10/25/2006

The Numbers on October 25th.

As of today, October 25, 2006, the number of American Armed Forces personnel killed in the Iraq war has exceeded the number of persons killed in the terror attack on the World Trade Center Towers. The number of persons in the Towers killed was 2,801. The number of military personnel killed in Iraq as of today is 2,804.

These numbers mean nothing by themselves. The numbing and stunning death of so many on that one day, and the death of the firefighters who tried to save them, stands as a single terrible event. The slow agonizing trickle of news of deaths in Iraq has taken years. Yet for everyone who knew of someone who died in New York that day, there are equally people who know of someone who has died in Iraq. The news is devastating either way.

The Administration argues that being at war in Iraq is somehow connected to the deaths of those in the Towers. If so then perhaps the occasion marking the time when we have put in harm’s way sufficient people to where their deaths equal the deaths in the Towers is an occasion for reflection.

Each week that I can I stand with a group of folk here in Lewes, remembering the human costs of war. The Silent Vigil is just that, silent. We hold signs with the numbers who have died, now at 2,804, those who are wounded, 20,687, the number of non mortal casualties, now at 44,779, and the number of Iraqi dead – conservatively at 49,610. And now some of us hold signs that tell of the other human cost – the money spent in this war that is not available for other work of value.

The numbers are each of some mother’s son, some mother’s daughter, some relation to someone; each remembered, God willing, by another who wonders why.

Numbers are only a mnemonic device, a way of remembering, that the human costs continue and grow and that in the end there are more grieving persons gathering and still no sign of light and life.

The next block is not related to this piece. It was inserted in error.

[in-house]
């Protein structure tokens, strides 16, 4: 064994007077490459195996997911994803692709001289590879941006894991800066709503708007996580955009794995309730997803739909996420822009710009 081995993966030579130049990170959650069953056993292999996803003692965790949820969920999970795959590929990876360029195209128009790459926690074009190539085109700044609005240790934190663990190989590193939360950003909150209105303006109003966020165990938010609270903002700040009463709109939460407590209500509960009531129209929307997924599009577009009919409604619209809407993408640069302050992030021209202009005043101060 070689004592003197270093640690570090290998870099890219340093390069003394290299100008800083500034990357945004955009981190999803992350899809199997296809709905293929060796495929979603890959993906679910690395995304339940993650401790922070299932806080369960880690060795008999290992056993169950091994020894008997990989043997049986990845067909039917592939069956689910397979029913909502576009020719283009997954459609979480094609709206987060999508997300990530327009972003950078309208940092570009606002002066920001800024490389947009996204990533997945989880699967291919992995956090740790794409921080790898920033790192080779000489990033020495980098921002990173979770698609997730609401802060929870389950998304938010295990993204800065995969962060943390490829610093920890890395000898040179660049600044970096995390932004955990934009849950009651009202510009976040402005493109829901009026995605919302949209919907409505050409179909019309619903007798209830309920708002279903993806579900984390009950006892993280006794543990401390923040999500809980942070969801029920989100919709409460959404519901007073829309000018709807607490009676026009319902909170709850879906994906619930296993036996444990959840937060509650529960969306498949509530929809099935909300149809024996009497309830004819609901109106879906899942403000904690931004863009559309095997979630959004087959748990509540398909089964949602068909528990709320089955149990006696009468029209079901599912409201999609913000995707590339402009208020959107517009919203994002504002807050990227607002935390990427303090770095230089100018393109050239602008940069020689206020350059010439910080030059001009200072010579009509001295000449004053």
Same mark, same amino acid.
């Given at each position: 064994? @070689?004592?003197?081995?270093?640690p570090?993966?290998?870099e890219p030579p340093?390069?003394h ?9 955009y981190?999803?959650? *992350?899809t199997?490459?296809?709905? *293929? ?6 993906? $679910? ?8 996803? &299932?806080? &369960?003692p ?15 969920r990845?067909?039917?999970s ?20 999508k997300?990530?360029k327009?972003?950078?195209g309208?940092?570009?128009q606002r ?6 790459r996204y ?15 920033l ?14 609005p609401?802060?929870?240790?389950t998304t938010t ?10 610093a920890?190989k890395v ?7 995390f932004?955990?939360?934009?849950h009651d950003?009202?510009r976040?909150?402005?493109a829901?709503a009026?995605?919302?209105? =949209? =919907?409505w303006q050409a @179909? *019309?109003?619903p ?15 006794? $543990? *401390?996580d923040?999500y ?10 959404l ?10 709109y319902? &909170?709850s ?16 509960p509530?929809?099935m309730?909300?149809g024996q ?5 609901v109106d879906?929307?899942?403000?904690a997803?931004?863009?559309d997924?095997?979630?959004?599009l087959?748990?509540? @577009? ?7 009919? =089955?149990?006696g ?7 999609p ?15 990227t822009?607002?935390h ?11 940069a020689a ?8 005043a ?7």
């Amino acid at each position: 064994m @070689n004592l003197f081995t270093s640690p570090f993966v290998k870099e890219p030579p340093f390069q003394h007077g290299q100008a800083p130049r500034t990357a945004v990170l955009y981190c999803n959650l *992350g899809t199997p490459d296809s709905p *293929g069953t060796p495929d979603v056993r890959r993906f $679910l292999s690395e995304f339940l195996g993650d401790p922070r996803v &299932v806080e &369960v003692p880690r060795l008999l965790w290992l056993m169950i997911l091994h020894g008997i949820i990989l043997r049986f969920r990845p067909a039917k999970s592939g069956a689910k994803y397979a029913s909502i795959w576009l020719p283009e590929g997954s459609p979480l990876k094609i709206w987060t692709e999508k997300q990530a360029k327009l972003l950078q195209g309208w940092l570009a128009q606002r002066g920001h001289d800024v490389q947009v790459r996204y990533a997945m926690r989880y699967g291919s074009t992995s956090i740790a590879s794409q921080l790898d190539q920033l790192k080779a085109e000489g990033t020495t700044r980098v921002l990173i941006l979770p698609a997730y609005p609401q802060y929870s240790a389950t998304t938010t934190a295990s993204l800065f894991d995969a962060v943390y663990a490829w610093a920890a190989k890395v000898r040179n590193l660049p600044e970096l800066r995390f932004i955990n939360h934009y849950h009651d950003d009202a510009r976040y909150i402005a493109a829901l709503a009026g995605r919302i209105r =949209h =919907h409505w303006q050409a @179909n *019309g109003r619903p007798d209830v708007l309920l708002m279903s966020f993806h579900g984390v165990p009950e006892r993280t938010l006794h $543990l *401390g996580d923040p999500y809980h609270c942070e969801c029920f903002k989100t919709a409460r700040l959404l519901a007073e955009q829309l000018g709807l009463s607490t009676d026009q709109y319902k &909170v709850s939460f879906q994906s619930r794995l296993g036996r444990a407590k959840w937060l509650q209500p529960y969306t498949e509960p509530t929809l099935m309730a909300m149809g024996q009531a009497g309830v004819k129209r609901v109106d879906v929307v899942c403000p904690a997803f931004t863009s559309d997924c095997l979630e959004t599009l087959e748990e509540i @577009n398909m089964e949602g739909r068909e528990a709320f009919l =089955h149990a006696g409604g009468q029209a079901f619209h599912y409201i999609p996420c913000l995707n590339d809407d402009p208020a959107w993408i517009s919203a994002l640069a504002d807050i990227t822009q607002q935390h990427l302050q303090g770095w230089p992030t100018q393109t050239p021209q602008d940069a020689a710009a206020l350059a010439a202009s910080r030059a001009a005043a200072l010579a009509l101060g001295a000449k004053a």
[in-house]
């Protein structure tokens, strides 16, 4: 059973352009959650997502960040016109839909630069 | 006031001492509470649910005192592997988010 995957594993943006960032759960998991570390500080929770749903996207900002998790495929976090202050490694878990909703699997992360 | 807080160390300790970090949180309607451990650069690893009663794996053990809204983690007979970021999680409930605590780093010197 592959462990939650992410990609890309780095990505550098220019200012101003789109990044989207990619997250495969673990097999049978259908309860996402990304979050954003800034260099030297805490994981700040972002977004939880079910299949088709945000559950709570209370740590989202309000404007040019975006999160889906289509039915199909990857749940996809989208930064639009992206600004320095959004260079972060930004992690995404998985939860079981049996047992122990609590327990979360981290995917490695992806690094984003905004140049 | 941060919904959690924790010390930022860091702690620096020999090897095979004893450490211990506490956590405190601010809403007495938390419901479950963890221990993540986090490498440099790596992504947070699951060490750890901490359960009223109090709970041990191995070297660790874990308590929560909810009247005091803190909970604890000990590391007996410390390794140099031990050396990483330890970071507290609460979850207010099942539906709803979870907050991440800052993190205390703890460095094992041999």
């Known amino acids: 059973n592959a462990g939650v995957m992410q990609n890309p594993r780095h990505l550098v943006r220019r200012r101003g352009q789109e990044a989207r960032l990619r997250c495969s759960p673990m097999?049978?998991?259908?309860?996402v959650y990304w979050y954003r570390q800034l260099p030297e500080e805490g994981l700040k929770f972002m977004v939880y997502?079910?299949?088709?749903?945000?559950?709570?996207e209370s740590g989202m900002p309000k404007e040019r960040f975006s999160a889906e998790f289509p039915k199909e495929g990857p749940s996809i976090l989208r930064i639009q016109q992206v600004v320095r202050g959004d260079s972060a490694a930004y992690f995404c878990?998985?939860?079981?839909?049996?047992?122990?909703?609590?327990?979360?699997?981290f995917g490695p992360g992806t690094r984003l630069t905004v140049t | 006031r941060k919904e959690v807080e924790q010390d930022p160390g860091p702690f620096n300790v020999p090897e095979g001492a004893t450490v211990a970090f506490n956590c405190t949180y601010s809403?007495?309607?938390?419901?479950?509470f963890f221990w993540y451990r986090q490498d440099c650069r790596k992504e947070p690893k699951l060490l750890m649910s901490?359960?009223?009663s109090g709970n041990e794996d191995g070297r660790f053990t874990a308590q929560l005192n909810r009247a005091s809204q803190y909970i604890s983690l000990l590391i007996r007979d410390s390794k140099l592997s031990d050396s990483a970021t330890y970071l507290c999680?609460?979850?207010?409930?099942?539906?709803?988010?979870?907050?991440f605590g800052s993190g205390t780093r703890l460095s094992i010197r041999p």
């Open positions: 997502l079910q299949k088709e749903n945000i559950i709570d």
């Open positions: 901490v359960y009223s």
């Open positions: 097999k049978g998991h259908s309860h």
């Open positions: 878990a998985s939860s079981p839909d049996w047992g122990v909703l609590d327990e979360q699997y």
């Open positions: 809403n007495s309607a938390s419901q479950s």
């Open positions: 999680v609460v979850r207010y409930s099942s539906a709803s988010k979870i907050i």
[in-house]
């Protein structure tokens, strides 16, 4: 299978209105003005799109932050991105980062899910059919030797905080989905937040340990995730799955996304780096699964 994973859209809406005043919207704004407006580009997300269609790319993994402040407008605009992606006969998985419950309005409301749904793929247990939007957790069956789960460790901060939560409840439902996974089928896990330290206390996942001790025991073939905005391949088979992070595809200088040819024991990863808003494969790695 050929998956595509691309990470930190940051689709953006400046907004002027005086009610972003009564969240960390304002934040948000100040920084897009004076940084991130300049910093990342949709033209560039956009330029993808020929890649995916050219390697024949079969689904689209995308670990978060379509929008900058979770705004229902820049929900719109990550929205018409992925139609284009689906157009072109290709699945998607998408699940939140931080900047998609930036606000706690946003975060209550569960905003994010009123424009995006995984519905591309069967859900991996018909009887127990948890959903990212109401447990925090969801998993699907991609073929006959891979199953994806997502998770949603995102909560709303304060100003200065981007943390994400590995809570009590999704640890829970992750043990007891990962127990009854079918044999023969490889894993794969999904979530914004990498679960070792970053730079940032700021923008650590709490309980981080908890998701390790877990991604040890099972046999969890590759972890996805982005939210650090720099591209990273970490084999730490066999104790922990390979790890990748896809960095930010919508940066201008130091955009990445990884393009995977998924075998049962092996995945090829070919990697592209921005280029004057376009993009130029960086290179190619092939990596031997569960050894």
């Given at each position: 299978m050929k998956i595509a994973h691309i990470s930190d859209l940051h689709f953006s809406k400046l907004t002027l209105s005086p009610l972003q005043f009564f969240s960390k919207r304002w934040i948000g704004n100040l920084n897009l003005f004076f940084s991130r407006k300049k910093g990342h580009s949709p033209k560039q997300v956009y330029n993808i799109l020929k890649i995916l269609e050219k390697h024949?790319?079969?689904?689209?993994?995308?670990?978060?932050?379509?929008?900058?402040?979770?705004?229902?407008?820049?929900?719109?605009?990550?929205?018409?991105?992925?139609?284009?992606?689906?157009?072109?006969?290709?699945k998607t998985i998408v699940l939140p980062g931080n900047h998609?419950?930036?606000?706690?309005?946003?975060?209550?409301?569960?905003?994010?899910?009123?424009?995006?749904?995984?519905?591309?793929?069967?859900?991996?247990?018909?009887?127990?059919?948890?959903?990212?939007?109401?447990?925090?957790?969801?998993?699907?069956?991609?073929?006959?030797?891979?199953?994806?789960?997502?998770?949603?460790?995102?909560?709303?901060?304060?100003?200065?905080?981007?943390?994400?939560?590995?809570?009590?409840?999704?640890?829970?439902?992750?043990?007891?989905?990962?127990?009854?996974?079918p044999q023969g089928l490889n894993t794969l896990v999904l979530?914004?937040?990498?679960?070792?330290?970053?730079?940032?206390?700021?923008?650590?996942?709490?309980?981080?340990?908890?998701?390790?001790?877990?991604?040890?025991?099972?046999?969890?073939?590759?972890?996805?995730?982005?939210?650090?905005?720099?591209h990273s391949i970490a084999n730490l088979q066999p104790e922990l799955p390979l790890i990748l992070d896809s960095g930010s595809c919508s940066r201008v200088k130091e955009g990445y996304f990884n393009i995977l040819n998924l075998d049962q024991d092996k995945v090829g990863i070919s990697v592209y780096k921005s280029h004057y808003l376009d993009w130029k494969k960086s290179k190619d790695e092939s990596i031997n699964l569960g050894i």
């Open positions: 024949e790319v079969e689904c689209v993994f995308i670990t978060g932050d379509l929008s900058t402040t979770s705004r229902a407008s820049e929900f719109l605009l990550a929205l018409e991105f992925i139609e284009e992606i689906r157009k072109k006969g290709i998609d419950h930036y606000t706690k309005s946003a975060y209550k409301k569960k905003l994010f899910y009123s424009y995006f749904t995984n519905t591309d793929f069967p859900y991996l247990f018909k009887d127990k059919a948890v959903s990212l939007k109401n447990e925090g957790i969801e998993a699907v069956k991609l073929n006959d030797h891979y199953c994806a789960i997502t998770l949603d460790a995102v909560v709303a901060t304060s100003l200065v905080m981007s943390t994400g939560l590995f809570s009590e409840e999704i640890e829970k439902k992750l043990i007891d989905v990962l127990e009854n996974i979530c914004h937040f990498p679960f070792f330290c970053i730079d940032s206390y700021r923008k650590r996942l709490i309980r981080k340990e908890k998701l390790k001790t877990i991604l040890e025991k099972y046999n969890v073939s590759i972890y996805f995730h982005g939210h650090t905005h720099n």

Light and life is what faith is about, not Articles or purity of belief, and surely our faith cannot be in the war dead whose numbers keep rising. We must look elsewhere and find other numbers, the numbers of people who will struggle for another Way.

No one will much care that there are 2 million Episcopalians in the US, or 17 million Anglicans in Nigeria, but they might care if there are here, and here, and there, even a few voices that say “No” to the ways of death which is war, and “Yes” to the ways of life, which is peace.

Maybe that is the Way we ought to go.

5 comments:

  1. Since blogger doesn't seem to support trackbacks, I thought I would just post instead and thank you for your comments, and mention that I have linked to this on my blog.

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  2. Thank you for this, Mark ... for your witness, your clarity and your commitment to calling TEC to the hard work of living out the Gospel. (And I'd be writing that even if I didn't have a son serving in Iraq!)

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  3. Oh. So we have finally hit the mark, as it were. I had oft wondered if there would be any big protests or noting of this fact but other than your blog, I have seen nothing, Maybe the silence is because we have all become numbed or, as you write, it has happened so slowly rather than all at once.

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  4. Mortality and morbidity directly related to combat is but one way to note the costs of war. I recently heard Cynthia Enloe, feminist scholar in the area of International Relationships, lecture on war, focusing on the war in Iraq. She made the point that the usual ways of talking about war, particularly counting the costs of war (deaths, wounded, etc.) fail to take women's lives seriously. Therefore we underestimate the costs of war and also underestimate how what it will actually take to make peace. As support for her thesis, she gave examples of the increase of domestic violence during wartime (both Iraqi and US) and the decreased attention it receives.

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  5. And then, of course, there are the 400,000 or 600,000 or however many Iraqi dead. And, according to the UNHCR some 3 million displaced Iraqis, about half in the country and the others in Jordan, Syria and a few in Lebanon. What has been done in our name?

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